By Gary Spruce
Points of training Secondary song offers a realistic representation of the talents, wisdom and knowing required to educate track within the secondary school room. Musical thoughts and concepts are mentioned and a serious exam of key matters is given. This encourages the reader to have interaction with those innovations and think about their perspectives and ideology when it comes to how they're going to impact their power to educate tune in an encouraged and powerful demeanour.
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Additional resources for Aspects of Teaching Secondary Music: Perspectives on Practice (Ou Flexible Pgceseries)
Differentiation by outcome is, broadly speaking, observing different levels of achievement from the setting of a common task, whilst differentiation by task involves setting varied learning activities designed to meet the range of needs within a particular group. However, such ‘ideal types’ and the clear-cut distinctions which they imply are rarely helpful or particularly apposite when applied to music teaching; for example, there is a sense in which pupils themselves self-differentiate by, as Philpott says, engaging with ‘areas of problem solving such as composing and listening … at their own particular level of musical development’ (Philpott 2001: 124), irrespective of the tasks set by the teacher.
Departmental effectiveness can best be assured by the department constantly engaging in reflection and self-evaluation. A model for such self-evaluation is provided by Ribbins and Burridge (1992). They propose a six-stage model based on the four-stage development sequence suggested by School Development Plans project (DES 1989, 1991). The four original stages were: 1 2 3 4 audit (strengths and weaknesses are revised); construction (development priorities are selected and turned into specific targets); implementation (of the planned priorities and targets); evaluation (the success of implementation is checked).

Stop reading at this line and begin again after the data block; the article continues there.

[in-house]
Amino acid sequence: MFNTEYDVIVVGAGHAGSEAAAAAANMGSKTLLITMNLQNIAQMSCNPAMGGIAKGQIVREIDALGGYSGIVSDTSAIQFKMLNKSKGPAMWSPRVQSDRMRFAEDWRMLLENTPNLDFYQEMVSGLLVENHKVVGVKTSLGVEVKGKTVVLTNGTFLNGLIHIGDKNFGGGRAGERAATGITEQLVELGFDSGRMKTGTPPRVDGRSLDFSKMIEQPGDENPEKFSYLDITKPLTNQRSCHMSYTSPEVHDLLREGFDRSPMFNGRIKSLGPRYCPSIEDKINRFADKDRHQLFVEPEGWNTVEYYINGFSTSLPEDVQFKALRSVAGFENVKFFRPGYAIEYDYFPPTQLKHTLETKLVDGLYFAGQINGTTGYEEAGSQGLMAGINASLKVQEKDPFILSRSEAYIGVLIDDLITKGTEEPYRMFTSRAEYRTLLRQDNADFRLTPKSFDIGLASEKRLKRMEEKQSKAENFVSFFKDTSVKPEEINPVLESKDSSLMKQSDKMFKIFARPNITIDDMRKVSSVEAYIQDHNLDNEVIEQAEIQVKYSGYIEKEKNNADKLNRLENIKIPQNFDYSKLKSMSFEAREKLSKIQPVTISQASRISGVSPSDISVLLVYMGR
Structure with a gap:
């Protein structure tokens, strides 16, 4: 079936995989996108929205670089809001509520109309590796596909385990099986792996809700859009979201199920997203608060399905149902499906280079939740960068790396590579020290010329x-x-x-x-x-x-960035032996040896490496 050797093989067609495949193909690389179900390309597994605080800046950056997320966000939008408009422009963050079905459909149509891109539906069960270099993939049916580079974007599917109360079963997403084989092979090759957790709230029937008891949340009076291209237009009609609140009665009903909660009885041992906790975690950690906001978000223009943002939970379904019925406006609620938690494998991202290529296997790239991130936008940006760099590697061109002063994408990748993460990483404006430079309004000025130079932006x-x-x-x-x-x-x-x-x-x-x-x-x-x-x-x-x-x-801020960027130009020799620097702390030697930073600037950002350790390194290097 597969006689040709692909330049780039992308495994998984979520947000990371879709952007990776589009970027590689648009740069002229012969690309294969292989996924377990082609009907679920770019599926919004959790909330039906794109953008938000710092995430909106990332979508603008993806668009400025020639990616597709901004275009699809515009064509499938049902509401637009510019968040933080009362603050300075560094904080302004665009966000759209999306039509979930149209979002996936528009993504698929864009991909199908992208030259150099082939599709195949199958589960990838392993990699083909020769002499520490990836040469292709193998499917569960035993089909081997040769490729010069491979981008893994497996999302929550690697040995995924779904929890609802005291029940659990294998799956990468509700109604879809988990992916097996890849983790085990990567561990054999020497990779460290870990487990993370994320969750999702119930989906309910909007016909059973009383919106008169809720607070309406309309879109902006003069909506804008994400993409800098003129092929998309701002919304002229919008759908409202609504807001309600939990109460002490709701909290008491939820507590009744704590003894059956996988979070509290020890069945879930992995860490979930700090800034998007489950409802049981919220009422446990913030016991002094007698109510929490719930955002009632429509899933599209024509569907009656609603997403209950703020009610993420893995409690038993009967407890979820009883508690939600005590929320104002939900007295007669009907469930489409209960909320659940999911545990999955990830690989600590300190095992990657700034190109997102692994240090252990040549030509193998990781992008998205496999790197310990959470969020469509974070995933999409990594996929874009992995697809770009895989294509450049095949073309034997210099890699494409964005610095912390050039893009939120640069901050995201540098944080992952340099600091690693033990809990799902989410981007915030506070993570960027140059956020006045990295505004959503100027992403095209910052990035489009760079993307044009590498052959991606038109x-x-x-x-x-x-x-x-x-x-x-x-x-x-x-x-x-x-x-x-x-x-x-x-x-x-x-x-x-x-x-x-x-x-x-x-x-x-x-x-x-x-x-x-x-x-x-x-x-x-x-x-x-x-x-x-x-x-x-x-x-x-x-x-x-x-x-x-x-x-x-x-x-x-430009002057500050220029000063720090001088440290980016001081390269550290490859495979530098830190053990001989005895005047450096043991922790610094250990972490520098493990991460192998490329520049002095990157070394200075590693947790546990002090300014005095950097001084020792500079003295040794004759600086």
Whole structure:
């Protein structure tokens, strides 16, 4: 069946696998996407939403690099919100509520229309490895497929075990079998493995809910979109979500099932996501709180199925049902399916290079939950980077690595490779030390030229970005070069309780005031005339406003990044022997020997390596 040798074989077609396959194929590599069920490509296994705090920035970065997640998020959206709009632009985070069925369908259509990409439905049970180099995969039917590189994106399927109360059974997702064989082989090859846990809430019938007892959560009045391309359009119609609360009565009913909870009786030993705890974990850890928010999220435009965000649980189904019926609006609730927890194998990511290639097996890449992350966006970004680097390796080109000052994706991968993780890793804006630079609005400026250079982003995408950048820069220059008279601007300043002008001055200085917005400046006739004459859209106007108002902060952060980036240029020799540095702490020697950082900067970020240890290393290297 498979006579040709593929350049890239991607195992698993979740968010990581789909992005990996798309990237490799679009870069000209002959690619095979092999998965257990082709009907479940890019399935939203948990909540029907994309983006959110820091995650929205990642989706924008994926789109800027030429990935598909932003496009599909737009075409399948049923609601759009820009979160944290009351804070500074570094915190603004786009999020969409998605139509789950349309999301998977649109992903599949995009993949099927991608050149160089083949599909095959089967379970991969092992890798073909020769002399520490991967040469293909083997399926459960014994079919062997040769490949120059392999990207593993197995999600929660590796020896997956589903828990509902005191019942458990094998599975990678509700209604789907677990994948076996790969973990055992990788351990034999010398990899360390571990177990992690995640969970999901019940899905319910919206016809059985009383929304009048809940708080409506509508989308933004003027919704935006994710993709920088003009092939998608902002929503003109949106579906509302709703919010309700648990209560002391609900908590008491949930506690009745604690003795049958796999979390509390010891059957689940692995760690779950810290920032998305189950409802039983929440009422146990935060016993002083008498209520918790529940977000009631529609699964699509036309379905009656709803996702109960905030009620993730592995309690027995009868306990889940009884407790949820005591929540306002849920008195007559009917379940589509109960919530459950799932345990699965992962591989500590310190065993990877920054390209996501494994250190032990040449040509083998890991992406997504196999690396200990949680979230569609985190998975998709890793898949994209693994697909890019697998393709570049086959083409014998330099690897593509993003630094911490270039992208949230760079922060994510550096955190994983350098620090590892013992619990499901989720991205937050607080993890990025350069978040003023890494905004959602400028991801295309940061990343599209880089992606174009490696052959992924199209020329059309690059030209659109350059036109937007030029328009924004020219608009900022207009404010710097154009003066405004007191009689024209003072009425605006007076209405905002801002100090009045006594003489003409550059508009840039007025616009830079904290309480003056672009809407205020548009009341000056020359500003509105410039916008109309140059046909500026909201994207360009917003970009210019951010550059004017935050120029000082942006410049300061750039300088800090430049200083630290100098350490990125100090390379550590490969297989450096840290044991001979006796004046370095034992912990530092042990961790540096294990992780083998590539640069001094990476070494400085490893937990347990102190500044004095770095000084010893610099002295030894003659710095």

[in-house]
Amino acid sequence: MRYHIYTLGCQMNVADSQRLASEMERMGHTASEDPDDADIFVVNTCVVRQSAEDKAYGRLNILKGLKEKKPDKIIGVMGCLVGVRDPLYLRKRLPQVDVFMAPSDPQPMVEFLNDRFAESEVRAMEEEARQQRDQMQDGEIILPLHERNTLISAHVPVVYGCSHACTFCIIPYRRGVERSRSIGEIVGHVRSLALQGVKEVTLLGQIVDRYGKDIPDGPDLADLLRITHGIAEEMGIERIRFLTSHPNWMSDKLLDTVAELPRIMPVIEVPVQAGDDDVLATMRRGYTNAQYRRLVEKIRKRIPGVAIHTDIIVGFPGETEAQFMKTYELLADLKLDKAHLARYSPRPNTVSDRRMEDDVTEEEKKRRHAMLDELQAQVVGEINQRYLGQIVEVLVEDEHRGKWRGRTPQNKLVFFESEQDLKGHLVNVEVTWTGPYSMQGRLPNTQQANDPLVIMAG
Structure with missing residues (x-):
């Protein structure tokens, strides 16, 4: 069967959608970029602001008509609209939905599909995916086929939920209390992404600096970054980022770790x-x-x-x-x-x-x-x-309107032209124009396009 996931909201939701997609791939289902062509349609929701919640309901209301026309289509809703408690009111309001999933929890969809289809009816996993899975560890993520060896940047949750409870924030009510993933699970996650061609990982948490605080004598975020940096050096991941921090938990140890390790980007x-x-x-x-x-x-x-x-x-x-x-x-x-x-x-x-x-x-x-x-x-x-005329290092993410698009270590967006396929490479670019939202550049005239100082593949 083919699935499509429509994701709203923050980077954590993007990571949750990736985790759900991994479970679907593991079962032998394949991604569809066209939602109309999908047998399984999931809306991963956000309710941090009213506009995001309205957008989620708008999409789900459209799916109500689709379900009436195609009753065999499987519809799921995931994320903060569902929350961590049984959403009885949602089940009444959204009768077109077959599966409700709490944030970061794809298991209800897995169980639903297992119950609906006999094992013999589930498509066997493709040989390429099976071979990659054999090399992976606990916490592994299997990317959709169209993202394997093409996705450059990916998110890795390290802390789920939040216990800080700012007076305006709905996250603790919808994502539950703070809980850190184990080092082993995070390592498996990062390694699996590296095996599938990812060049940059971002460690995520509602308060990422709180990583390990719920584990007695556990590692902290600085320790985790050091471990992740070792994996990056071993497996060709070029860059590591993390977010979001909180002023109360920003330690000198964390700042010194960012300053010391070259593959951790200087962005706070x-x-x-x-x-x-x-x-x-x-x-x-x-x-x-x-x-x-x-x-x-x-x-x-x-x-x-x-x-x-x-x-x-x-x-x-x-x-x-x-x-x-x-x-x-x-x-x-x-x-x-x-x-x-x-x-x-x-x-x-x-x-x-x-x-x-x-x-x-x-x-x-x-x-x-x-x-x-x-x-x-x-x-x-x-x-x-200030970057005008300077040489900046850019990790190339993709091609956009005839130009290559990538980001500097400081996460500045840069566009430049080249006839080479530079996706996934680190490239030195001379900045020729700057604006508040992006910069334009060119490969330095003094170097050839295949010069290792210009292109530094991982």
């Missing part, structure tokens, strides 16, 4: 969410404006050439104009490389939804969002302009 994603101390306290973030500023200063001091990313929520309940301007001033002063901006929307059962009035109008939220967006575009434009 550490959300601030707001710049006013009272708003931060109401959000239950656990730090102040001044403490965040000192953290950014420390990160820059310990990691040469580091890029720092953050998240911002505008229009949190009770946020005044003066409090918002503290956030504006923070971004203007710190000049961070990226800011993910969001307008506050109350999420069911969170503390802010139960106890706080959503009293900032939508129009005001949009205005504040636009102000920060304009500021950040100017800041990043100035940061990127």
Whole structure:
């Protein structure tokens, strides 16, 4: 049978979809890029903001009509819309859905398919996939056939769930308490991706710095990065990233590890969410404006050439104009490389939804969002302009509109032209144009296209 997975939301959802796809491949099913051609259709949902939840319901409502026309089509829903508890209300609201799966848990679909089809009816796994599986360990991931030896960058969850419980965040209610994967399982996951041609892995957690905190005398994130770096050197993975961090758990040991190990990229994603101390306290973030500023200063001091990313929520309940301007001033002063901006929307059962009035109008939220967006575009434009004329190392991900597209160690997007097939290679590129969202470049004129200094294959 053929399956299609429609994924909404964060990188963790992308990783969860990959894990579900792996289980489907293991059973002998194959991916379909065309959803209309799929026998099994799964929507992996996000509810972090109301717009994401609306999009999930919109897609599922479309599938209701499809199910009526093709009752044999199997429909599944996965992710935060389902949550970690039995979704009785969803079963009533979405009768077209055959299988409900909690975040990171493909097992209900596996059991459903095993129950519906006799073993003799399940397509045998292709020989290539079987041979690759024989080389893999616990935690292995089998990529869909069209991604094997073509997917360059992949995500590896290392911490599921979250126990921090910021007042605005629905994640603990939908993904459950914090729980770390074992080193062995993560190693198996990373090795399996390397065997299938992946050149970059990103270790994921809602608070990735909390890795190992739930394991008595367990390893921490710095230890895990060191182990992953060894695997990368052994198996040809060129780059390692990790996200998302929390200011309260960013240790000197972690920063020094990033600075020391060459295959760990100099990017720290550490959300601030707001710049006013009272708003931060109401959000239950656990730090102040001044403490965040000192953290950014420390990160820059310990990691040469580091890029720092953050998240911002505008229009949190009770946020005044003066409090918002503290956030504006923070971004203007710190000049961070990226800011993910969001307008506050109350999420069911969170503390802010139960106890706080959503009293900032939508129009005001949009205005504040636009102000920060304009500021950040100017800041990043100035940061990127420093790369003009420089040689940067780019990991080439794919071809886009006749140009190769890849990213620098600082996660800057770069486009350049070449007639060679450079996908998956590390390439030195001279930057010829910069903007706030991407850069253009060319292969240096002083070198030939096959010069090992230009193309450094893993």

176, pp. 67–8) It is important that children should feel that they are involved in a creative activity that has a sense of direction, is worthwhile and is providing them with experiences that other subjects do not. Classroom music needs to be full of activities that challenge children’s creativity, that develop the skills and knowledge they need to progress musically and that require them to express and justify opinions about their own work and that of others. Devising a curriculum model for music How then can musical progression be planned for and what curriculum model is likely to be most effective in promoting it?